I think one of the most memorable events with HYPE was when we volunteered at the Crow’s Nest, a homeless center, around the holidays. We packed some backpacks with hygiene supplies and snacks, and helped serve dinner. I remember the mood being quite lively, and many people who received backpacks were delighted with some of the goodies inside. I think we sometimes take for granted certain basic necessities in life like a hot meal or a warm shower, but that event illustrates the fact that sometimes the smallest things can make a substantive difference.

I recall when I was living in Seton Youth Shelters and my counselors would take me to 7-Eleven to get a slushie during our counseling sessions. I looked forward to those sessions every week because it felt nice just having someone spend time with me. I recalled one conversation I had with one of my counselors and asked him why he was working at Seton part time while he was working full time as a defense contractor. He told me that he wanted to be someone whom he needed when he was a child. For me personally, being a guardian ad litem is my way of ensuring I can do for others what so many have done for me.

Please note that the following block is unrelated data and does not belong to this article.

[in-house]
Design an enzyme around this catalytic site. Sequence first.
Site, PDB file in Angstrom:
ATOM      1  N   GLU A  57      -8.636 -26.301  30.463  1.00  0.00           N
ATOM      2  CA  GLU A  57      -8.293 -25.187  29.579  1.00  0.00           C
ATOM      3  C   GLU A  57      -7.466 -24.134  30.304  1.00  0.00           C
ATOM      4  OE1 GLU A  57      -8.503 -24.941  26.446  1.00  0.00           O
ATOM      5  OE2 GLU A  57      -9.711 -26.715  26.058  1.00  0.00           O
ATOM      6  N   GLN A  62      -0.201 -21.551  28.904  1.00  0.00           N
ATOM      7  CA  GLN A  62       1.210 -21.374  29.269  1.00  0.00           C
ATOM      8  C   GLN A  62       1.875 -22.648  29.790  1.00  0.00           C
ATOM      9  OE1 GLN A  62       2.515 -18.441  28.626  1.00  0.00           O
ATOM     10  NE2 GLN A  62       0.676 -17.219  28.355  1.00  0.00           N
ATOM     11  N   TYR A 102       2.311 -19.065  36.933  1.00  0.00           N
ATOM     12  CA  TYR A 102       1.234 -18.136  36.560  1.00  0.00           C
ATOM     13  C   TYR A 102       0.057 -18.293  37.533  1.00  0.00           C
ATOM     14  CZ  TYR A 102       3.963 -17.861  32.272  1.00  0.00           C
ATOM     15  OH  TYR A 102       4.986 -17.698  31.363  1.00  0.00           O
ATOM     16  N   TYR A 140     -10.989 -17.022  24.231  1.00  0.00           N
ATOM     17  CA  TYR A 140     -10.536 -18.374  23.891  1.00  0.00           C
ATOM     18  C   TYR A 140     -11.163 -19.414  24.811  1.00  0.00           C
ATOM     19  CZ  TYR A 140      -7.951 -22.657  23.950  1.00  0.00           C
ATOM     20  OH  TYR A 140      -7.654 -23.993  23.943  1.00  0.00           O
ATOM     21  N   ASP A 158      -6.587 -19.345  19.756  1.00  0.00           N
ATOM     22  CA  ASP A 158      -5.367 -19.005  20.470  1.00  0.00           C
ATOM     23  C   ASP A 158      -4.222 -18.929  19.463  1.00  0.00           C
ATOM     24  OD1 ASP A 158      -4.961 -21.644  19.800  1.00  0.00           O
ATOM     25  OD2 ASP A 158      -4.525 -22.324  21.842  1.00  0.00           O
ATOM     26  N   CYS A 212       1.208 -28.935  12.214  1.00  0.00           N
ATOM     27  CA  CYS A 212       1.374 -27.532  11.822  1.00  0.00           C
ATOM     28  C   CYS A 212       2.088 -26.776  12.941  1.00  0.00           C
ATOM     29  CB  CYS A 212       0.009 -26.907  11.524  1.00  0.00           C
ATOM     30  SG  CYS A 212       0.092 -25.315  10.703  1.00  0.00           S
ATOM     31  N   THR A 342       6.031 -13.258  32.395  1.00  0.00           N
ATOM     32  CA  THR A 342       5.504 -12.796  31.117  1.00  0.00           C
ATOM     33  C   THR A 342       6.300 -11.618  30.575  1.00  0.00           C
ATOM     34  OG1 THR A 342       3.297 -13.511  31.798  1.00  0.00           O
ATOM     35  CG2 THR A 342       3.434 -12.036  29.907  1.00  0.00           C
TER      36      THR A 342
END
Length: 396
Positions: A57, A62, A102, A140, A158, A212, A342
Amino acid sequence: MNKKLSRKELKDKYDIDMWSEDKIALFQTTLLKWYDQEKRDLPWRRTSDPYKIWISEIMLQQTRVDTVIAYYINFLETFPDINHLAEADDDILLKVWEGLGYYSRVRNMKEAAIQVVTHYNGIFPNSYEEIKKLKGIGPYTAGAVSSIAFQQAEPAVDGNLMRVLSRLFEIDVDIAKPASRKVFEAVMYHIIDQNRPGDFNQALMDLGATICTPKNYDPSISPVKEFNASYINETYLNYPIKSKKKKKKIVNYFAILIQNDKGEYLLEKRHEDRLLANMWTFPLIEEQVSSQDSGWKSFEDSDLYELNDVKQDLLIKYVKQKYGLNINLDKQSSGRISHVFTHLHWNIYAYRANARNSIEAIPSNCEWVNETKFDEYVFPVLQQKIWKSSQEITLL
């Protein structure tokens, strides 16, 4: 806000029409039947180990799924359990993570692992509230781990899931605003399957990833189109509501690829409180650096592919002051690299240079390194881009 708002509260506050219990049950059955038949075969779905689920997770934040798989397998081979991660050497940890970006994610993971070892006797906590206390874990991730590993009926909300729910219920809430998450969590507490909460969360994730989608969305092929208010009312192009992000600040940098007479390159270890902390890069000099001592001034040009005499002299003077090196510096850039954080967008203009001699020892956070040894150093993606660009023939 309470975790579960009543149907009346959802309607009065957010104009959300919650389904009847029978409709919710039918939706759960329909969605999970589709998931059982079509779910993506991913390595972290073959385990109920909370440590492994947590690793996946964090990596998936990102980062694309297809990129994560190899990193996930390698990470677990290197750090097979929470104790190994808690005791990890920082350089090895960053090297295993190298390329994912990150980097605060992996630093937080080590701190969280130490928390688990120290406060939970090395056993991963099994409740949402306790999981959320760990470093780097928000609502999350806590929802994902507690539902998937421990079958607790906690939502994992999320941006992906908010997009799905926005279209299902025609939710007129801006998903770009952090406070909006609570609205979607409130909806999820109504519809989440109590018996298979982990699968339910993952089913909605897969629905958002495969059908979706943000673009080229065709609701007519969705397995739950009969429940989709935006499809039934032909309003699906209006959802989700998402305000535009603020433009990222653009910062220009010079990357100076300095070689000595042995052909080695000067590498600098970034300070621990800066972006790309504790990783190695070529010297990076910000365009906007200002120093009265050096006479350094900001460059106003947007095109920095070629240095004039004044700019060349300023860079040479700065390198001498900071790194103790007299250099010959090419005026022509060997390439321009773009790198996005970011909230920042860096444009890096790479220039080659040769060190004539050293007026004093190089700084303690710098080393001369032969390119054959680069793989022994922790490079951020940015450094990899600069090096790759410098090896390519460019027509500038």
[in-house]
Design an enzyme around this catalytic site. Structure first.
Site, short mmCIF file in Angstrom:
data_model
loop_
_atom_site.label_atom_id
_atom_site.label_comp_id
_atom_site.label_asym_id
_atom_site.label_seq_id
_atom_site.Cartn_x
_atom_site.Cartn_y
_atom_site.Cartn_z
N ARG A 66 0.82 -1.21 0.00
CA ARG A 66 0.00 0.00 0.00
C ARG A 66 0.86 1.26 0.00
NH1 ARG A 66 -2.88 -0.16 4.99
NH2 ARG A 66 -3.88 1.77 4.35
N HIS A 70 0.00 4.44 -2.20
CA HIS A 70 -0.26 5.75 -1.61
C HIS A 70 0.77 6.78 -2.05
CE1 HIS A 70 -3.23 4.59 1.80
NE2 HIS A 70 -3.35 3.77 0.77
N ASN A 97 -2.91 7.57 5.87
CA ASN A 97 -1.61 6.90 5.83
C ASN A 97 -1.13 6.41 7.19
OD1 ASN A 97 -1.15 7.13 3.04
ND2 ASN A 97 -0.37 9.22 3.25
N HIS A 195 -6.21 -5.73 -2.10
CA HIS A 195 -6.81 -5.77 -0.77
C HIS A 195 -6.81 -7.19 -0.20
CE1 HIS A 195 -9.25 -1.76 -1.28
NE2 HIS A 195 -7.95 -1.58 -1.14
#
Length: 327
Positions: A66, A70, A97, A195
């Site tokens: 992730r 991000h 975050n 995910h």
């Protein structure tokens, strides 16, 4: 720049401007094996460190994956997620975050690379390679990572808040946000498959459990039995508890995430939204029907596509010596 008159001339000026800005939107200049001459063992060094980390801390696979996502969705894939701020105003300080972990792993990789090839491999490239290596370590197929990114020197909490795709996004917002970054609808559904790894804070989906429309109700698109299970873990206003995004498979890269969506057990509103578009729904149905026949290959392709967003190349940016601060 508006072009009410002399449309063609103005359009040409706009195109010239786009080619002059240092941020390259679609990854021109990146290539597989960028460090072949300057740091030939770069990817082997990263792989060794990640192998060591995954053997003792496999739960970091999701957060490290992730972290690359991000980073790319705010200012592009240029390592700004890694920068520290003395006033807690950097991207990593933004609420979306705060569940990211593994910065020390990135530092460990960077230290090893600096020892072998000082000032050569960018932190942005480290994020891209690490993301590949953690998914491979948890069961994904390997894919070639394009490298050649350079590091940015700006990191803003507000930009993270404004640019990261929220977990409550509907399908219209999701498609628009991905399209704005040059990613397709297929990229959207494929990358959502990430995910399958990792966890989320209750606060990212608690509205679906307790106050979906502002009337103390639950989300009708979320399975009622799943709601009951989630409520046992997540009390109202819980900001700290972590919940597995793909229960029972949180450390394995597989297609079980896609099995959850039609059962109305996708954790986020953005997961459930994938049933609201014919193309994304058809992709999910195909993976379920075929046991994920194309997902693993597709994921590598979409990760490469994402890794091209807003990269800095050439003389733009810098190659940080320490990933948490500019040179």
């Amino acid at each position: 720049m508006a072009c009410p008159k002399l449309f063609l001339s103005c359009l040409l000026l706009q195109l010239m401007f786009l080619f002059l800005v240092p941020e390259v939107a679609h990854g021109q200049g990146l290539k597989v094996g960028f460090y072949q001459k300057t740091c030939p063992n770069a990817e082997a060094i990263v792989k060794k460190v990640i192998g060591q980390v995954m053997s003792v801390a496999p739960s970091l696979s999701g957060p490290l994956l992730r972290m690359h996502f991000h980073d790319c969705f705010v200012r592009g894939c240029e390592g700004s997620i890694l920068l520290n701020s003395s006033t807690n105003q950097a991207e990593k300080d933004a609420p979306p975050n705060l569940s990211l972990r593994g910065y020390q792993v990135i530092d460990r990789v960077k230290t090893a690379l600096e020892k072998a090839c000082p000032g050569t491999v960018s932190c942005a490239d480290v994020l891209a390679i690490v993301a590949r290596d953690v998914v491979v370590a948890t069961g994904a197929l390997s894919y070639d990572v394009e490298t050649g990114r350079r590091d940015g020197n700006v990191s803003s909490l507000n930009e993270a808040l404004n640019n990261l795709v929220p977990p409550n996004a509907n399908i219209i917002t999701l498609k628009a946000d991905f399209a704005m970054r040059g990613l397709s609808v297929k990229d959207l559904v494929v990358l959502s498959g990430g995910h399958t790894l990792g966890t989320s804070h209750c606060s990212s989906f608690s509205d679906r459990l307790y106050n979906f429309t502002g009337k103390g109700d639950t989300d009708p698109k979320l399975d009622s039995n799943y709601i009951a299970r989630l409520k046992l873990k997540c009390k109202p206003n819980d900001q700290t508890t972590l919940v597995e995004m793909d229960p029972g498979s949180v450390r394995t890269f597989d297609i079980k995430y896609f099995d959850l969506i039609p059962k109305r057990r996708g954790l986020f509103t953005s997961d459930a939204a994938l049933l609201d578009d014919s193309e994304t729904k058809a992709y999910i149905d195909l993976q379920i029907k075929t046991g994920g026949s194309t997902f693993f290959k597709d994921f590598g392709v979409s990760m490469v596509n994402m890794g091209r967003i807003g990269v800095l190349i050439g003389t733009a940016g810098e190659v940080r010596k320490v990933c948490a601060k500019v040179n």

Describe your most interesting law school experience.

I don’t think there was one specific moment that shaped my law school experience. Instead, I think certain courses I took definitely reshaped how I view the law and the impact it can have on public policy. In particular, Contracts was not only one of the most interesting and enlightening classes I’ve ever taken, but it was also my first exposure to law and economics, and the incentives and disincentives the law can create that shape our public policy.

I think the way Professor [Kevin] Kordana taught the class definitely made it more interesting and enjoyable. He used many vivid examples to illustrate an underlying principle or doctrine, which made the material both accessible for a 1L and the class entertaining and enjoyable. Moreover, I enjoyed the fact that the class dispelled some preconceived ideas I had about the law in general prior to law school. I had this notion that the law was quite formal and mechanical, but the course revealed how malleable the law can actually be, and the influence lawyers and judges can have in shaping it.

What’s something your classmates don’t know about you?

While I was in college, I thought I wanted to work in politics. I was a field organizer for Hillary Clinton’s 2016 campaign. I also worked for the delegate and senator from Virginia Beach [at] the Virginia General Assembly during the session. However, I realized that the law, rather than politics, was a better vehicle for me to make a tangible difference in people’s lives.

Founded in 1819, the University of Virginia School of Law is the second-oldest continuously operating law school in the nation. Consistently ranked among the top law schools, Virginia is a world-renowned training ground for distinguished lawyers and public servants, instilling in them a commitment to leadership, integrity and community service.